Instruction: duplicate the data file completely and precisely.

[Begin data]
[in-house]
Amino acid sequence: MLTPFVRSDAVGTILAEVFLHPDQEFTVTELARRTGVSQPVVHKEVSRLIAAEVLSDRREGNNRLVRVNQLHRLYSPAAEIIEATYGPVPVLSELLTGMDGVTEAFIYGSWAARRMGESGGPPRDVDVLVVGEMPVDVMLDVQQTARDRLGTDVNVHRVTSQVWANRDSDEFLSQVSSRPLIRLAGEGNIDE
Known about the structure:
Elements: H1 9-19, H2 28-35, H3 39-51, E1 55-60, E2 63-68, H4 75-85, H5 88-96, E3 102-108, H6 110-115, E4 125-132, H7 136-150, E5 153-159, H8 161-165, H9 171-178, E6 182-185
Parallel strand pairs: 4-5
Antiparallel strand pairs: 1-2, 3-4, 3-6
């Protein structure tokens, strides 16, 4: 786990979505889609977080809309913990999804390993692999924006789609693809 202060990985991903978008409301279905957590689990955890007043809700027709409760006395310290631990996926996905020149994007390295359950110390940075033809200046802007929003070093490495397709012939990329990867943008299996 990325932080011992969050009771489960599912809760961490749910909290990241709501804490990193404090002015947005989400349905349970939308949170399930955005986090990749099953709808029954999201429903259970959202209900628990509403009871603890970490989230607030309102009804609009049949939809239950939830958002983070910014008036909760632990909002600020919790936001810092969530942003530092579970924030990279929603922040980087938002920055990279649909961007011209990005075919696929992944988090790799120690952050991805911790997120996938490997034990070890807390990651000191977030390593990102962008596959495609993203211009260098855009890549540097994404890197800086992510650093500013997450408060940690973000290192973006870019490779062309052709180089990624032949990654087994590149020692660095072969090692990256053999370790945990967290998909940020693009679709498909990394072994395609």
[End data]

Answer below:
[in-house]
Amino acid sequence: MLTPFVRSDAVGTILAEVFLHPDQEFTVTELARRTGVSQPVVHKEVSRLIAAEVLSDRREGNNRLVRVNQLHRLYSPAAEIIEATYGPVPVLSELLTGMDGVTEAFIYGSWAARRMGESGGPPRDVDVLVVGEMPVDVMLDVQQTARDRLGTDVNVHRVTSQVWANRDSDEFLSQVSSRPLIRLAGEGNIDE
Known about the structure:
Elements: H1 9-19, H2 28-35, H3 39-51, E1 55-60, E2 63-68, H4 75-85, H5 88-96, E3 102-108, H6 110-115, E4 125-132, H7 136-150, E5 153-159, H8 161-165, H9 171-178, E6 182-185
Parallel strand pairs: 4-5
Antiparallel strand pairs: 1-2, 3-4, 3-6
């Protein structure tokens, strides 16, 4: 786990979505889609977080809309913990999804390993692999924006789609693809 202060990985991903978008409301279905957590689990955890007043809700027709409760006395310290631990996926996905020149994007390295359950110390940075033809200046802007929003070093490495397709012939990329990867943008299996 990325932080011992969050009771489960599912809760961490749910909290990241709501804490990193404090002015947005989400349905349970939308949170399930955005986090990749099953709808029954999201429903259970959202209900628990509403009871603890970490989230607030309102009804609009049949939809239950939830958002983070910014008036909760632990909002600020919790936001810092969530942003530092579970924030990279929603922040980087938002920055990279649909961007011209990005075919696929992944988090790799120690952050991805911790997120996938490997034990070890807390990651000191977030390593990102962008596959495609993203211009260098855009890549540097994404890197800086992510650093500013997450408060940690973000290192973006870019490779062309052709180089990624032949990654087994590149020692660095072969090692990256053999370790945990967290998909940020693009679709498909990394072994395609």